How I made money last month without a side hustle

Confession: I don’t have a side hustle (this site doesn’t count…yet). I’ve chosen to focus on my main career for now, but that’s not to say I don’t have extra sources of income. Sure, the few dollars here and there I make are nothing like the passive income streams of others, but I think they’re a fun starting point. Let’s go!

Gambling: $700

Ha, I bet you didn’t see that one coming! One day I was chatting to a colleague at work, and she brought up a Super Bowl pool she was running. I honestly still don’t understand how it worked, but for $25 I could pick a number on a big board and if the Super Bowl points matched up I would win. Now, this obviously isn’t a financial strategy and I generally hate gambling, but guess what? Despite only watching the tail end of the game and knowing very little about football, I won $700! The lesson here is you should give yourself some room in your budget for silly fun things. They can pay!

Poshmark: $76

This was from a single sale of Common Projects sneakers. Score! I’m a big fan of Poshmark for both buying and selling.

Ebates: $20.10

Easiest $20 I’ve ever earned! I have a horrible memory, but every time I shop for something on my computer (ie. a new shower curtain, shower gel, replacement makeup), a handy little Ebates reminder pops up saying how much cash back I can get. I click that pop-up, it reconnects me to the site I was on, and I’m on my merry way to making extra money!

Ally interest income: $18.67

I have my emergency fund in an Ally online savings account, and I’m so happy about it. Last year, that money was sitting in my bank savings account making less than a dollar a month. Ally for the win!

Acorns dividends: $0.67

It ain’t much, but it’s something. All dividends are reinvested into my Acorns account.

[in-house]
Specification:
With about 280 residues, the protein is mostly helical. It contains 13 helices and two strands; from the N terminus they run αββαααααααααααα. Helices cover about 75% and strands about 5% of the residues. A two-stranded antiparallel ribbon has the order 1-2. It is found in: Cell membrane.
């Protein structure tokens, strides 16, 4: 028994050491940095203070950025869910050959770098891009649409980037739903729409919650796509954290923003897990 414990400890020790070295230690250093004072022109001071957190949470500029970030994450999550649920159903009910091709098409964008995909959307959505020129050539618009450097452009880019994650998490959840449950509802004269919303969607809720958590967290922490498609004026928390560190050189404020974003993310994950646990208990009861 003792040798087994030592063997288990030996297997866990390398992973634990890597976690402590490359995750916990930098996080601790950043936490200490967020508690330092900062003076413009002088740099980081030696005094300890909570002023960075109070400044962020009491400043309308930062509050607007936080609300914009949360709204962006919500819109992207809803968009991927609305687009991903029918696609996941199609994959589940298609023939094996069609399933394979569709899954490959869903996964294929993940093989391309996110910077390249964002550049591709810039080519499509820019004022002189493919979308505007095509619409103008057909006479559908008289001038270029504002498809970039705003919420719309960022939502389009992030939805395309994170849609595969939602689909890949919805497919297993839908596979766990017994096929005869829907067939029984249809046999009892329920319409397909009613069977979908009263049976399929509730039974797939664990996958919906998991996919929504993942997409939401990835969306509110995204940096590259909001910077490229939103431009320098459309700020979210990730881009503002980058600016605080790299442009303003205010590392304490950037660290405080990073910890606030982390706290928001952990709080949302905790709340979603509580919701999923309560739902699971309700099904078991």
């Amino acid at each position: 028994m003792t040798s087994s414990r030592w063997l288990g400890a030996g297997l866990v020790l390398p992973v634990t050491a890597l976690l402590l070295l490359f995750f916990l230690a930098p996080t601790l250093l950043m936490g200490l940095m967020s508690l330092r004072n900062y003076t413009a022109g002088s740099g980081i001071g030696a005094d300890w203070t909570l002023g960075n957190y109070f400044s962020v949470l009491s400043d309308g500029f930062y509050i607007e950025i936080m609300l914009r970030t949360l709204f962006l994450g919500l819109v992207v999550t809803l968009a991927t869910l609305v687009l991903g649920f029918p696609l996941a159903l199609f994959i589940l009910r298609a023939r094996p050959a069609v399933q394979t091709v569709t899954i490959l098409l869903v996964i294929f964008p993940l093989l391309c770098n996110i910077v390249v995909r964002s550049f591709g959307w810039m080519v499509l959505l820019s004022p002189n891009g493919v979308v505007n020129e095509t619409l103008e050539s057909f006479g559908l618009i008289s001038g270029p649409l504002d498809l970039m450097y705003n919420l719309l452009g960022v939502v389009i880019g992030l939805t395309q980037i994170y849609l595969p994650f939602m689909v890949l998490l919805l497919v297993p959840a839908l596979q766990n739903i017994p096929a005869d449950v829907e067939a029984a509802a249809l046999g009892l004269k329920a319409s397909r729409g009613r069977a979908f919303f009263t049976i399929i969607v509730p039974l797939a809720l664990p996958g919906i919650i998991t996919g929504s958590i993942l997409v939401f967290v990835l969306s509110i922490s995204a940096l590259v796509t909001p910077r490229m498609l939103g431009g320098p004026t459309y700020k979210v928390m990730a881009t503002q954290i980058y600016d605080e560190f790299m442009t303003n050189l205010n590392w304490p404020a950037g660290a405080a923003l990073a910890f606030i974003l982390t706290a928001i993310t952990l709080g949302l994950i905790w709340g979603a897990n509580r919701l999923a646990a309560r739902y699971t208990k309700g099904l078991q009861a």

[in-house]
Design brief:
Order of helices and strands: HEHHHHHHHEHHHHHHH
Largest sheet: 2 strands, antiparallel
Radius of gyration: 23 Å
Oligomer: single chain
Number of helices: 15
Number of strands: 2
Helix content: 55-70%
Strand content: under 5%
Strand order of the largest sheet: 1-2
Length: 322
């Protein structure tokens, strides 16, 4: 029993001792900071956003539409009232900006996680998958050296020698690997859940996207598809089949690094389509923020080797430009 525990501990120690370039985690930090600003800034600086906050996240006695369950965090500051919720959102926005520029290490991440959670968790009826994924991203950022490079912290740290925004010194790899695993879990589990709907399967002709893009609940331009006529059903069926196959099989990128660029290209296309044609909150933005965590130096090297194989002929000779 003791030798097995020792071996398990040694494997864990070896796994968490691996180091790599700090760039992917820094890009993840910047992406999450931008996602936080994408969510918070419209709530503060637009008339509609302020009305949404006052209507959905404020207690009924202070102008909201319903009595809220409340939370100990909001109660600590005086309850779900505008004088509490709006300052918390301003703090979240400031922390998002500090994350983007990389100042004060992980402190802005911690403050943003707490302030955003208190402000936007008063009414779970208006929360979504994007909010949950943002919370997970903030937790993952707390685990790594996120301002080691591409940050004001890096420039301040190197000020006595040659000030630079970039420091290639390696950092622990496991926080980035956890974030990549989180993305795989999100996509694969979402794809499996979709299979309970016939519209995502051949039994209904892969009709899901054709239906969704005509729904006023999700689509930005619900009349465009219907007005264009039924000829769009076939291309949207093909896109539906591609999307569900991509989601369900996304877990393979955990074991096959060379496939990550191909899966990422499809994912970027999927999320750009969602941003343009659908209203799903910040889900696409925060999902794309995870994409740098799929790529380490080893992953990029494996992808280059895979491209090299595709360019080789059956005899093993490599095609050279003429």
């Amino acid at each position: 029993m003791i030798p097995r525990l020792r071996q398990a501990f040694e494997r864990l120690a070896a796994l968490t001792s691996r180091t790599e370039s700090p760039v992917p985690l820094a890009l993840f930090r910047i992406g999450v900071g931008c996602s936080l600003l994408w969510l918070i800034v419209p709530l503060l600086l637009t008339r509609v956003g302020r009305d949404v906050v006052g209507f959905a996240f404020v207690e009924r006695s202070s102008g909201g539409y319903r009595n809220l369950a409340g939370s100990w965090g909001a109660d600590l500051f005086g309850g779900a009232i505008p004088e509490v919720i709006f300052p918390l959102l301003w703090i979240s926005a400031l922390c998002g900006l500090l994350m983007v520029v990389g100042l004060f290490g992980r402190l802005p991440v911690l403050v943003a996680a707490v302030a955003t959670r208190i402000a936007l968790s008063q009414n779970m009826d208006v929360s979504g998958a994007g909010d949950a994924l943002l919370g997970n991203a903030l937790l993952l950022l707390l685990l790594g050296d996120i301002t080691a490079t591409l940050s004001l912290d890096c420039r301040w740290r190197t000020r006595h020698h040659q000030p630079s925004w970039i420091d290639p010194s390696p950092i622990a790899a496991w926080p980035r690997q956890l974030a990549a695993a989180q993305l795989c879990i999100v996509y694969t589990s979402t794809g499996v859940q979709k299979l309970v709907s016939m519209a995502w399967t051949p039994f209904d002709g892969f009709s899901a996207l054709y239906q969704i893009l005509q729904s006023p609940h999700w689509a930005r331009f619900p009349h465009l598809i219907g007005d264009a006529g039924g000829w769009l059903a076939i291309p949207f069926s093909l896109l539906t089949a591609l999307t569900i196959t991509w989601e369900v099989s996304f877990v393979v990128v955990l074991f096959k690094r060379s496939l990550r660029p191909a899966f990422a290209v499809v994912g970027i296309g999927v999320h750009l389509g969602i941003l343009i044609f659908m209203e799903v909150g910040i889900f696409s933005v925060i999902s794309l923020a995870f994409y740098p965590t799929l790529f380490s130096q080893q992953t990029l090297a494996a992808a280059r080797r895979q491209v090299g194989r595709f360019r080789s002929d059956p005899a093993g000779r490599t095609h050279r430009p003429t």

Credit card cash back: $3.94

This was lower than my cash back from credit cards usually is, and that’s because I just got the Chase Sapphire Reserve card. That card has a 50,000 point bonus if you spend $4000 in three months and while that would normally be hard for me to do on a credit card, it helps that I’m getting married in June! The purchases of my guest book, card box, dress and centerpieces will help me reach that bonus goal- a bittersweet score (#weddingsareexpensive).

IRS refund: $20

I signed up for direct deposit of my tax refund for the first time, and for some reason this $20 showed up in my account from the IRS…even though my refund is supposed to be higher. I’m waiting it out for now, but I’ll take any IRS contributions over IRS debts!

That’s my February! Not bad for not having a side hustle, though obviously the Super Bowl winnings are unsustainable (sigh). How do you make extra money beyond your job?

How to move to New York City with zero connections, no job and $1500

Growing up, I was always obsessed with the idea of living in New York City. My suburban upbringing came along with day dreams of living in the big city and all of the exciting things I would do there.

By 2013, I was ready to take the plunge. My contract volunteer position in Ghana was ending, and I had no idea where my life would or should go next. Why not NYC?

I had no idea how to find an apartment in New York, and didn’t know where the good areas to live were. I applied to a few jobs here and there, but knew in my heart I wouldn’t have a real shot until I arrived in the city. So, I booked a room in an East Village AirBnB. It was $1300/month (which in retrospect is insane for just a bedroom), and I figured I could use it as a home base as I figured out where to live and how to get a job.

The problem was I only had $1500 in my account; just enough to survive for one month. As soon as I landed in the city, I hustled and spent days in coffee shops applying for every single position I could find. On day four, I ended up at the candy counter in a Dean & Deluca working for slightly more than minimum wage (I felt like Felicity).

My first job in NYC! I was so excited to make $11/hour. How times change.

It was October, and I gave myself until the end of the year to find a “real” position in my field. I made enough money to stay in the AirBnB month to month, and ended up staying there until that magical “real” job began…in late December, right before my self-imposed deadline for “making” it in the city (#fate).